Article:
China’s macroeconomic data showed a mixed picture in March.
Growth in industrial production (IP) eased to +6% y/y, compared with consensus of +6.9% and January- February’s +7.2%. The inflation report released last week also showed that headline CPI slowed markedly to +2.1% y/y in March, from February’s +2.9%. Urban fixed asset investment (FAI) grew +7.5% y/y in the first three months of the year, missing consensus of +7.7%. Expansion, slowing from +7.9% in the first two months of the year, continued to the downtrend as the authority implemented deleveraging measures.
Separately, retail sales expanded +10.1% y/y in March, better than consensus of, and January- February’s, +9.7%.
On the other hand, GDP growth steadied at +6.8% in 1Q18, in line with expectations.
We believe seasonal factor – Lunar New Year in the second half of February, was the key reason for the mixed picture in March. More evidence in April and May are need to determine whether Chinese economic growth would slow this year.
The following explains how seasonal and temporary factors might have distorted China’s IP and CPI data:
The disappointing headline IP growth was probably driven by two factors. First, production in January and February was driven by higher heating demand amidst cold weather. Meanwhile, cold weather accompanied with strong wind created less pollution so that the government eased restrictions on factory works. As such weather conditions dissipated in March, production declined as a result of less demand and more stringent measures by the government.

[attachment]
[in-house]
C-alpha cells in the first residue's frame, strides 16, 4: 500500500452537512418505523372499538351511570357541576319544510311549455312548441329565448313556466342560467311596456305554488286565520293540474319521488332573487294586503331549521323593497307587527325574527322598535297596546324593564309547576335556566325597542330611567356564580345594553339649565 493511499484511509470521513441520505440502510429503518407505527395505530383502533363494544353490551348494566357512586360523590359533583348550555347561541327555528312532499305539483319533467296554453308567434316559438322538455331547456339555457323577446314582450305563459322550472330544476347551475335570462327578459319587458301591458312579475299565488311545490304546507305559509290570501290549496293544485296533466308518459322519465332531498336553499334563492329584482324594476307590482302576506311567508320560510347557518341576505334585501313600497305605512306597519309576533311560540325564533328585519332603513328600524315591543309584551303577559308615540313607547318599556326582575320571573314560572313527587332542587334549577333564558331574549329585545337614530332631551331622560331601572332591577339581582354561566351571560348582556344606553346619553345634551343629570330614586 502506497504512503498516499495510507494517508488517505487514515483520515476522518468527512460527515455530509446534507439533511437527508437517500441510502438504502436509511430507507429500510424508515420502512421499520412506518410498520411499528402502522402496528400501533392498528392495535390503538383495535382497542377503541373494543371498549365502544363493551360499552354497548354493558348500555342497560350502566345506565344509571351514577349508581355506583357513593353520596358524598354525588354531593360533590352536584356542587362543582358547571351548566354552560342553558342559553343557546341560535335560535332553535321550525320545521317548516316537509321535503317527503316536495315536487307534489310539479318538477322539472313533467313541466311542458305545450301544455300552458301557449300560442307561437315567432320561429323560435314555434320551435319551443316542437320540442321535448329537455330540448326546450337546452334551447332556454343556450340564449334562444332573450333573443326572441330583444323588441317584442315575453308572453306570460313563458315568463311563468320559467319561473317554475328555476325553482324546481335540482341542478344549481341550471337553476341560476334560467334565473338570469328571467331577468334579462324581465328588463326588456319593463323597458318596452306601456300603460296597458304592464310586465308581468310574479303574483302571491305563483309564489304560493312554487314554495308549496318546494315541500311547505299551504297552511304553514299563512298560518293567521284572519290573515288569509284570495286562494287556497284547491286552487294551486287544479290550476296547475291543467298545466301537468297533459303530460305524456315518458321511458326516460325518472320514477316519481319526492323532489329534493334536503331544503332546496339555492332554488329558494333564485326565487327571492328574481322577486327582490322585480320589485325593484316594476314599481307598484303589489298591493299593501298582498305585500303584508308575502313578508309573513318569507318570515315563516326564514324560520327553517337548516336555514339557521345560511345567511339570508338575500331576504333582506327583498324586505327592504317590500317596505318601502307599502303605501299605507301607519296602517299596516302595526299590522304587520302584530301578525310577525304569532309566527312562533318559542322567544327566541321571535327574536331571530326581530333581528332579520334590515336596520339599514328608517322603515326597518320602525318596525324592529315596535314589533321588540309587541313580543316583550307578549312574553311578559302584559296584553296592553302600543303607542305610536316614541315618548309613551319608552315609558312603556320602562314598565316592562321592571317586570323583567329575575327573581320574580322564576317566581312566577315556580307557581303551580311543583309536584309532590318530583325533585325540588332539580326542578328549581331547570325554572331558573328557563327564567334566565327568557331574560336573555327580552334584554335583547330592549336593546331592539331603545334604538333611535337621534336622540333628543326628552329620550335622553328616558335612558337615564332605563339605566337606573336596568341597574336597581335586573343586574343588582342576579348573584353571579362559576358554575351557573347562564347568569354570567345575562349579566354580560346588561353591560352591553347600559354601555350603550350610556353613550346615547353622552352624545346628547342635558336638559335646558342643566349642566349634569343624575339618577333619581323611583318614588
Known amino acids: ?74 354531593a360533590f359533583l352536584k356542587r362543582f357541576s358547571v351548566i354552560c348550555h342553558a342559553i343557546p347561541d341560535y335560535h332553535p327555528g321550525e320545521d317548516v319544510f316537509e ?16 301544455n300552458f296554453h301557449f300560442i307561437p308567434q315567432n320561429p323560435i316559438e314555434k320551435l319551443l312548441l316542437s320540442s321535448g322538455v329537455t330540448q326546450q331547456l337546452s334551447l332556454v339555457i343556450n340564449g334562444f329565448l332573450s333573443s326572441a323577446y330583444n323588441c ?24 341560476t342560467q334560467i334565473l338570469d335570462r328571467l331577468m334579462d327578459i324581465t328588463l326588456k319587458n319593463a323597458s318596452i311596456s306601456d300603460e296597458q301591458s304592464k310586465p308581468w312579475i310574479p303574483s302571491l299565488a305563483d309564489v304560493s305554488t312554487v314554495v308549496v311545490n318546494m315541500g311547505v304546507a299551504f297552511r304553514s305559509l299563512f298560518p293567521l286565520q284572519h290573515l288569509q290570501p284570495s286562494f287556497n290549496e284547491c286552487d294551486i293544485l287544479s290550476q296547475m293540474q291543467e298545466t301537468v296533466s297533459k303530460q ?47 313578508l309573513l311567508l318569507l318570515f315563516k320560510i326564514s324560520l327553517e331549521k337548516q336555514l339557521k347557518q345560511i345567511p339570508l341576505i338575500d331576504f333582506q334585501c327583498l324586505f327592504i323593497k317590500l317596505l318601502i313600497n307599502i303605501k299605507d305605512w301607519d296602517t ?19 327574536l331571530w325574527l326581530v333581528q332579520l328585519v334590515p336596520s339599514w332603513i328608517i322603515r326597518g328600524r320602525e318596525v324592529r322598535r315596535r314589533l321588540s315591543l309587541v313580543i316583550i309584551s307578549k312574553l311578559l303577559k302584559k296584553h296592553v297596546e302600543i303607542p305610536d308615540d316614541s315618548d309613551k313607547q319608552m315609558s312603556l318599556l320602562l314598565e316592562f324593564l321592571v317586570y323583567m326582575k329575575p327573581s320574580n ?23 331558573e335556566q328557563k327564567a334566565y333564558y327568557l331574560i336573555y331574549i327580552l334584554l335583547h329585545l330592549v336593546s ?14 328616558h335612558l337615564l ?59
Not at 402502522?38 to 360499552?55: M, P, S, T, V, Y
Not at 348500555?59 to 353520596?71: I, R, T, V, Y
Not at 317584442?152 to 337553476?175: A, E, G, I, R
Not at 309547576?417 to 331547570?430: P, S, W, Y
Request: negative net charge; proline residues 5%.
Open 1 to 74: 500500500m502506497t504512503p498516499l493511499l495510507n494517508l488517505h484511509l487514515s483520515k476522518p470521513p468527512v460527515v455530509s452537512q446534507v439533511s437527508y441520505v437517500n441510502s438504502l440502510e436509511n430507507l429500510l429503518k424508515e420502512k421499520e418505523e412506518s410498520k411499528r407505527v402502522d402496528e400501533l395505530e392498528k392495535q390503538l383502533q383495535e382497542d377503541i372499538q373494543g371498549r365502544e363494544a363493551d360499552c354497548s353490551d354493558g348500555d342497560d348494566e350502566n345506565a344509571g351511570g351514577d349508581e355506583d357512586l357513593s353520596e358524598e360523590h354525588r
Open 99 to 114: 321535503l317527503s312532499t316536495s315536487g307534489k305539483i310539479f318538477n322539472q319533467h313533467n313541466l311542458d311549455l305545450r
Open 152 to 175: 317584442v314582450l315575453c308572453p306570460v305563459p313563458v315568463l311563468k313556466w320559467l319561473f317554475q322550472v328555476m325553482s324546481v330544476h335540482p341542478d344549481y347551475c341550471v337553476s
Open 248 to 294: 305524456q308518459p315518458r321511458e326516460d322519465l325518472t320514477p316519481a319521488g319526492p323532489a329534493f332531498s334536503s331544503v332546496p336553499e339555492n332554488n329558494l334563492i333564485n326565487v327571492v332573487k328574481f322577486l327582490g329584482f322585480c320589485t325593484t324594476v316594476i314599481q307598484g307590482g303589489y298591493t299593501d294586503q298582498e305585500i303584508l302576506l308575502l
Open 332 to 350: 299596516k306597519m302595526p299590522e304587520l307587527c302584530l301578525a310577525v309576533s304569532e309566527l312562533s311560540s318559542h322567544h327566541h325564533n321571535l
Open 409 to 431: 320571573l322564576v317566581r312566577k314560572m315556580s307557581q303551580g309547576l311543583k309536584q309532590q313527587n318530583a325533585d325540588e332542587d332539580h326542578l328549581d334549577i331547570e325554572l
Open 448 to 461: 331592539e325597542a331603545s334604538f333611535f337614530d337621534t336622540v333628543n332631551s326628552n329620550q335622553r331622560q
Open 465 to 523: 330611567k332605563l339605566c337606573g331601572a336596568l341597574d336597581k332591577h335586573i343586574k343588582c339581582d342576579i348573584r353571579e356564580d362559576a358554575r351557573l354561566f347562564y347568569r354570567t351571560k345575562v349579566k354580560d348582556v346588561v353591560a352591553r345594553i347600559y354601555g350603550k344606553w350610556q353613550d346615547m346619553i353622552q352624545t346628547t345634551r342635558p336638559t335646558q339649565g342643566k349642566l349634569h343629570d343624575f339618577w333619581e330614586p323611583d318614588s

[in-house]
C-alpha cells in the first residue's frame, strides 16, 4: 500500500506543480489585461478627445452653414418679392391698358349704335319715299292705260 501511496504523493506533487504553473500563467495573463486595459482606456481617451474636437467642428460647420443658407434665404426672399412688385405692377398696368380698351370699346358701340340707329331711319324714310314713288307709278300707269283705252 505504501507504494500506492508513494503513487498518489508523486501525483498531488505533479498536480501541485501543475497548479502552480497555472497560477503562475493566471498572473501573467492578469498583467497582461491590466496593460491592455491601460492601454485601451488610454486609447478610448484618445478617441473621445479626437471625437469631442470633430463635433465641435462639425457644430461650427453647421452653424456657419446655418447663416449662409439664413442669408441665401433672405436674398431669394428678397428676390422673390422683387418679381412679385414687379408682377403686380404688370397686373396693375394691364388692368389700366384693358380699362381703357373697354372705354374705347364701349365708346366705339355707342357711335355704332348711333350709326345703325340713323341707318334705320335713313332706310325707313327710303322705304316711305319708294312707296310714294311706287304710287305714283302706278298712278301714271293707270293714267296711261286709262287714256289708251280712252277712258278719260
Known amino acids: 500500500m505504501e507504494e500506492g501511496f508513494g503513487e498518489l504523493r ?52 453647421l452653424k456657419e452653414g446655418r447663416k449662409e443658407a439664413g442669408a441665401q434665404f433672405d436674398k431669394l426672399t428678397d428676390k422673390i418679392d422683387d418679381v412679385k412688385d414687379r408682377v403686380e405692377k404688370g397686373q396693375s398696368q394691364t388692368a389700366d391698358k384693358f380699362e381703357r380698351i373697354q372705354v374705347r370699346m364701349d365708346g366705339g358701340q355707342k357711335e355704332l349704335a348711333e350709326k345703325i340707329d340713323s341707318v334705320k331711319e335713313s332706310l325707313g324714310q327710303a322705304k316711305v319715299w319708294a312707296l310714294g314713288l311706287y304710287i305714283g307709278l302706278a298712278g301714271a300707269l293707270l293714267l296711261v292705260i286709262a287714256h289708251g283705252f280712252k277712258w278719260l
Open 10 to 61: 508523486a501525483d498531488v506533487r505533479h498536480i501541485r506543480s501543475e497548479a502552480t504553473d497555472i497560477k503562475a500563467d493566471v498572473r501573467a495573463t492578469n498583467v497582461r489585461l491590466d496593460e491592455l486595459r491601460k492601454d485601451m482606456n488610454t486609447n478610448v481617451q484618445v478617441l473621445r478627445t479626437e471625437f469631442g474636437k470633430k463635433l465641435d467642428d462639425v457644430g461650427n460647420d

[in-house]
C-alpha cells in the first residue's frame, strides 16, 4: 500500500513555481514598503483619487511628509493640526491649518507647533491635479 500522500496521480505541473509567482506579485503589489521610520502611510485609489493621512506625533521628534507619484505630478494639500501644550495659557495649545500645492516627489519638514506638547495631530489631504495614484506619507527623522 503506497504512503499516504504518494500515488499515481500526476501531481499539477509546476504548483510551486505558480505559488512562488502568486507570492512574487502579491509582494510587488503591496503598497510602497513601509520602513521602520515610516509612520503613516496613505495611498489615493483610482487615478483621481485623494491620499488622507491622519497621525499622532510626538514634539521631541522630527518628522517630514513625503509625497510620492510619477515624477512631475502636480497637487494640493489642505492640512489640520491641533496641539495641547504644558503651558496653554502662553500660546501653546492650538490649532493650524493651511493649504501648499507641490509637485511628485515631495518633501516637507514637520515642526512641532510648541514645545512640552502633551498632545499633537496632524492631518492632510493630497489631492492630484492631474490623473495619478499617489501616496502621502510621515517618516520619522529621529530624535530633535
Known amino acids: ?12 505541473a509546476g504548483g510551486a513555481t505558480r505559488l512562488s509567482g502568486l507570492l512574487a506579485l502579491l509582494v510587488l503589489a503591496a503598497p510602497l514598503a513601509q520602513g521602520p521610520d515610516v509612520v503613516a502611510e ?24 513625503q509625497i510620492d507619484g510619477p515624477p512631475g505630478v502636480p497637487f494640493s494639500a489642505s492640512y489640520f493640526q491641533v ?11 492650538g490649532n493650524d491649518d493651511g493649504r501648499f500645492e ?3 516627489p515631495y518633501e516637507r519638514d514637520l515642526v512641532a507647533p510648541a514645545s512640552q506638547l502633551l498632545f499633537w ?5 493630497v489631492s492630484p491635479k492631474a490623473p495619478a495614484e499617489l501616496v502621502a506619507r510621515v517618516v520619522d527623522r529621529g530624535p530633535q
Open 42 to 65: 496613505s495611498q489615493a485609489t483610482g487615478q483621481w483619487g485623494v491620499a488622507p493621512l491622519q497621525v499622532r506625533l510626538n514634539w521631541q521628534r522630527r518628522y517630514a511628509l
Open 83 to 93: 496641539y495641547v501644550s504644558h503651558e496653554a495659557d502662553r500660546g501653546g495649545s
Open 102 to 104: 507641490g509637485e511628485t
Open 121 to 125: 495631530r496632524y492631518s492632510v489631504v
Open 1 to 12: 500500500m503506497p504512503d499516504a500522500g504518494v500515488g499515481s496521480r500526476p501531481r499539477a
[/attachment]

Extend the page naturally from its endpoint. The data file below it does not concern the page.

Lunar New Year this year occurred in the second half of February. Due to the conventional practice that Chinese factories extend the holiday after (rather than before) the public holidays, suspension of production was seen in early March.
Headline CPI fell to +2.1% y/y in March, after spiking to +2.9% in the prior month. For the first quarter as a whole, CPI inflation improved to +2.2% y/y from +1.8% in 4Q17. Look at the details in March, food prices increased +2.1% y/y, easing significantly from +4.4%. The slowdown was a result of the Lunar New Year holiday effects which lifted food prices in February.
Key components in the food baskets showed moderation in price increase. For instance, vegetable prices grew +8.8% y/y in March, decelerating markedly from +17.7% in February, while inflation in eggs and aquatic products slowed to +17.6% and +5.6%, from +22.5% and +8.7% in February, respectively. Pork price deflation continued.
This might facilitate China to go ahead with tariff on US soybean exports, though. Non-food CPI eased to +2.1% y/y from 2.5% in February. Core inflation decelerated to 2% y/y from 2.5% in February. The strong reading in February was mainly a result of tourism expenses which expanded +13.5% during Lunar New Year holiday.
The Chinese government maintains its growth target at “about +6.5%” for 2018. While we still expect growth to meet target, we do not feel surprised if it comes in weaker than +6.9% in 2017 as the authority would keep up the efforts of deleveraging and dealing with pollution. Meanwhile, US-China trade tensions have inevitably raised uncertainty in the growth outlook.